The Gospel narrates the merciful action of Jesus in curing the ten lepers. Certainly, to be healed of such a horrible affliction is a great gift, flowing from Jesus’ compassion. Surprisingly, only one returns to express his gratitude to Jesus and to praise God. Thus, Jesus asks, “Ten were cleansed, were they not? Where are the other nine? Has none but this foreigner returned to give thanks to God?” And he was a Samaritan!
During the time of Jesus, many Jews, especially the Pharisees, looked down upon the Samaritans as “second-class,” having a “false religion,” and “lacking faith in the true God.” Yet, a careful look at the Gospels shows us that three times Jesus made Samaritans “models of virtue.” We have the “grateful leper” (Lk 17:15-19), the “good Samaritan” (Lk 10:29-37), and the “Samaritan woman at the well” (Jn 4:4-42). Like the thankful leper, we are to constantly praise God for his gracious mercies. Like Jesus himself, we are to see sincere goodness in other people—even in those we did not expect.
Do we have the eyes of Jesus — eyes of mercy?
Gospel • LUKE 17:11-19
As Jesus continued his journey to Jerusalem, he traveled through Samaria and Galilee. As he was entering a village, ten lepers met him. They stood at a distance from him and raised their voice, saying, “Jesus, Master! Have pity on us!” And when he saw them, he said, “Go show yourselves to the priests.” As they were going they were cleansed. And one of them, realizing he had been healed, returned, glorifying God in a loud voice; and he fell at the feet of Jesus and thanked him. He was a Samaritan. Jesus said in reply, “Ten were cleansed, were they not? Where are the other nine? Has none but this foreigner returned to give thanks to God?” Then he said to him, “Stand up and go; your faith has saved you.”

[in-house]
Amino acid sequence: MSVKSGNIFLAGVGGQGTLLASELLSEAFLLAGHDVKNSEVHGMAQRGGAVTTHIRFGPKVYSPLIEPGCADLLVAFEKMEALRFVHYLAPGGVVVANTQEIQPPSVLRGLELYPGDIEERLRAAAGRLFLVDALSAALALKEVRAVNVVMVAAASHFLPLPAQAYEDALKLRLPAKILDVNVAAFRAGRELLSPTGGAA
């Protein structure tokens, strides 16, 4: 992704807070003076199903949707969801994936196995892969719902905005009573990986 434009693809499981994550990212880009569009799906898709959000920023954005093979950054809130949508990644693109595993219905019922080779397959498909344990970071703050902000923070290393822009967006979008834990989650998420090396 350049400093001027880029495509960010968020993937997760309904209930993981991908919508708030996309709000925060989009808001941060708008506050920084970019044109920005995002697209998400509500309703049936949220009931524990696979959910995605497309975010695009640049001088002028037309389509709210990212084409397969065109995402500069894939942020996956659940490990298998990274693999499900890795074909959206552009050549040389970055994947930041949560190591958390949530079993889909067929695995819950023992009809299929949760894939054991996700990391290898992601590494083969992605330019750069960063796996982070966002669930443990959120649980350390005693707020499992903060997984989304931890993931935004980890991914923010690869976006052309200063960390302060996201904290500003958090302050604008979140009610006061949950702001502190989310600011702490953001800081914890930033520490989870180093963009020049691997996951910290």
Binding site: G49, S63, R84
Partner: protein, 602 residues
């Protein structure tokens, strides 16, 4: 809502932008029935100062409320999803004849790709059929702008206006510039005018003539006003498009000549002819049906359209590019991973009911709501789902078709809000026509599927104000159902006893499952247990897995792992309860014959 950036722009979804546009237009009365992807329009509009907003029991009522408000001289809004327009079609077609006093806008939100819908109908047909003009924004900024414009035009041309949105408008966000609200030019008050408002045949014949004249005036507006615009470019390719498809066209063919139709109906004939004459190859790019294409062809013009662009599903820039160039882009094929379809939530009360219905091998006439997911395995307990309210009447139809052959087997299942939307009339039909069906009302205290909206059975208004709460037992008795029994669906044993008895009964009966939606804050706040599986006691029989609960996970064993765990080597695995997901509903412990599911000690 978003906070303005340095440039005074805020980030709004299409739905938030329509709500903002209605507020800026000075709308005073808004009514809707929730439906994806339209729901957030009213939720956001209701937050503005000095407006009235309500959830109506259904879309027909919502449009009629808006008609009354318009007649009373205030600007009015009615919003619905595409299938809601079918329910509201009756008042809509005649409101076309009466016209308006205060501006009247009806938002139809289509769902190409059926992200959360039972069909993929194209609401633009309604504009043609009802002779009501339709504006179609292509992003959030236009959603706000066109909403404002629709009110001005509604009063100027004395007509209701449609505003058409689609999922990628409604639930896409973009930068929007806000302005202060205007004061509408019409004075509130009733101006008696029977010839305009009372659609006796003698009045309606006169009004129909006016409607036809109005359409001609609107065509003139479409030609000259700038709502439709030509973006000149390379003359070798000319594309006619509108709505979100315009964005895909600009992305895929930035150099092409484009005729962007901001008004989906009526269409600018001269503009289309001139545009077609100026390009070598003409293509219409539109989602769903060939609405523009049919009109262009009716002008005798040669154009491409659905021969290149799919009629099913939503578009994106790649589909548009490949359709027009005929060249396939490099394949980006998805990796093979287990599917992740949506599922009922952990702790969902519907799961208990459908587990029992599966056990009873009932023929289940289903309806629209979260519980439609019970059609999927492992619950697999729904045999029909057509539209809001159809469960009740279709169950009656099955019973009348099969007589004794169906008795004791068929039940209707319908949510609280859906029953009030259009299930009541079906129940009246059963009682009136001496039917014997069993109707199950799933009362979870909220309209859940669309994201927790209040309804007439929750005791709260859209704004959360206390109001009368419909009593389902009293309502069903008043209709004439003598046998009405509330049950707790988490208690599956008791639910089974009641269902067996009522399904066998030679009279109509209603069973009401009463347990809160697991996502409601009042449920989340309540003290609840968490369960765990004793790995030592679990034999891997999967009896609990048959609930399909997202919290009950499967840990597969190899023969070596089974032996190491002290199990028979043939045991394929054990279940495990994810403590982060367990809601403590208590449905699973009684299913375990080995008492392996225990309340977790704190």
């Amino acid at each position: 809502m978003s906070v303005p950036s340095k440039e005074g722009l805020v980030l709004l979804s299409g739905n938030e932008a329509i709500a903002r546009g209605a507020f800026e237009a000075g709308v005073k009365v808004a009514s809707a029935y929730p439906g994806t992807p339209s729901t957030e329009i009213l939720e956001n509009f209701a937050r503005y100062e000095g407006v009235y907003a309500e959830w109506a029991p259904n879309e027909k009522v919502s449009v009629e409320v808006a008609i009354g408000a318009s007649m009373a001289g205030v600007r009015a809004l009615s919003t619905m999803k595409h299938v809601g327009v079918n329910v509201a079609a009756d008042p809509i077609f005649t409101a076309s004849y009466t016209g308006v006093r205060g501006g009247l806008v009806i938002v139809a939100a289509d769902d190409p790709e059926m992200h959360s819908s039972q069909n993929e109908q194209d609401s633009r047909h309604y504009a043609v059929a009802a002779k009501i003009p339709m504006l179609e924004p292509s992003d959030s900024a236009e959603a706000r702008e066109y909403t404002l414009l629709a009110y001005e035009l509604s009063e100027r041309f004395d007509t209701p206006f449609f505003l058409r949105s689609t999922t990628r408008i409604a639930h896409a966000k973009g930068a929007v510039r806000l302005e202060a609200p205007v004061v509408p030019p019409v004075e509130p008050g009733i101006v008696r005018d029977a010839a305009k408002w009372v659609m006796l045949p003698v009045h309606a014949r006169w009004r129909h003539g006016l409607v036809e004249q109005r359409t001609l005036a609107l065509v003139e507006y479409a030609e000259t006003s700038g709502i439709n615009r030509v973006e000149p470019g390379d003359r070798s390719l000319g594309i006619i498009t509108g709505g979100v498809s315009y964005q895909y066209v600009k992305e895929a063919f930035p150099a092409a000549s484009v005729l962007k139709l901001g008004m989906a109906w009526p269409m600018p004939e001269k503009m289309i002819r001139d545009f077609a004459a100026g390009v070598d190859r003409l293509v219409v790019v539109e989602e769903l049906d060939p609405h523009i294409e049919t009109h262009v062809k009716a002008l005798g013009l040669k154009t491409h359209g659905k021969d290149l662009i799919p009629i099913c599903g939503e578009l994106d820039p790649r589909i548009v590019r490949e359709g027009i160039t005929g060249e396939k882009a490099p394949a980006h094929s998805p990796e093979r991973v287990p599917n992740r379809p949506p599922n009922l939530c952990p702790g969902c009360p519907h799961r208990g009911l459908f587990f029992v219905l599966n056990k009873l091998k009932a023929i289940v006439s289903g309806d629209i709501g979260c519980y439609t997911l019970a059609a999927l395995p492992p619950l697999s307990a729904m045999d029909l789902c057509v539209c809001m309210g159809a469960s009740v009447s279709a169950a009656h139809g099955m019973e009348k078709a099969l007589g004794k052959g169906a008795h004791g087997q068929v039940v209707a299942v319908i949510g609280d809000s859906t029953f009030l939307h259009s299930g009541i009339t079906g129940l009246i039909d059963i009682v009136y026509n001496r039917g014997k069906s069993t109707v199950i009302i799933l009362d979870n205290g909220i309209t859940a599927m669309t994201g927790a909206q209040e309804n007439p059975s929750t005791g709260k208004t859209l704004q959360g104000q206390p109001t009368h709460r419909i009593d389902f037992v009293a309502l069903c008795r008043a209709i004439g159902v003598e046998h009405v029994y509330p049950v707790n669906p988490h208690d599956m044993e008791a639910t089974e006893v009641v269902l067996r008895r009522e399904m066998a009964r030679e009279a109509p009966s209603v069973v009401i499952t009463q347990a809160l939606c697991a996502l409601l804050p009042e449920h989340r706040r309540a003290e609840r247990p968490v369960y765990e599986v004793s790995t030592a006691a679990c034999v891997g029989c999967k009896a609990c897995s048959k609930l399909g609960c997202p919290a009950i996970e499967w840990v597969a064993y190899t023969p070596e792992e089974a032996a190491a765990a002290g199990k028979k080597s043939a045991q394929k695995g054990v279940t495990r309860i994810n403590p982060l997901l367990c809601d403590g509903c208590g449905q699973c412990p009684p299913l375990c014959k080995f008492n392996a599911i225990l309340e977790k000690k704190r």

SOURCE: “366 Days with the Lord 2020,” ST. PAULS, 7708 St. Paul Rd., SAV, Makati City (Phils.); Tel.: 632-895-9701; Fax 632-895-7328; E-mail: [email protected]; Website: http://www.stpauls.ph.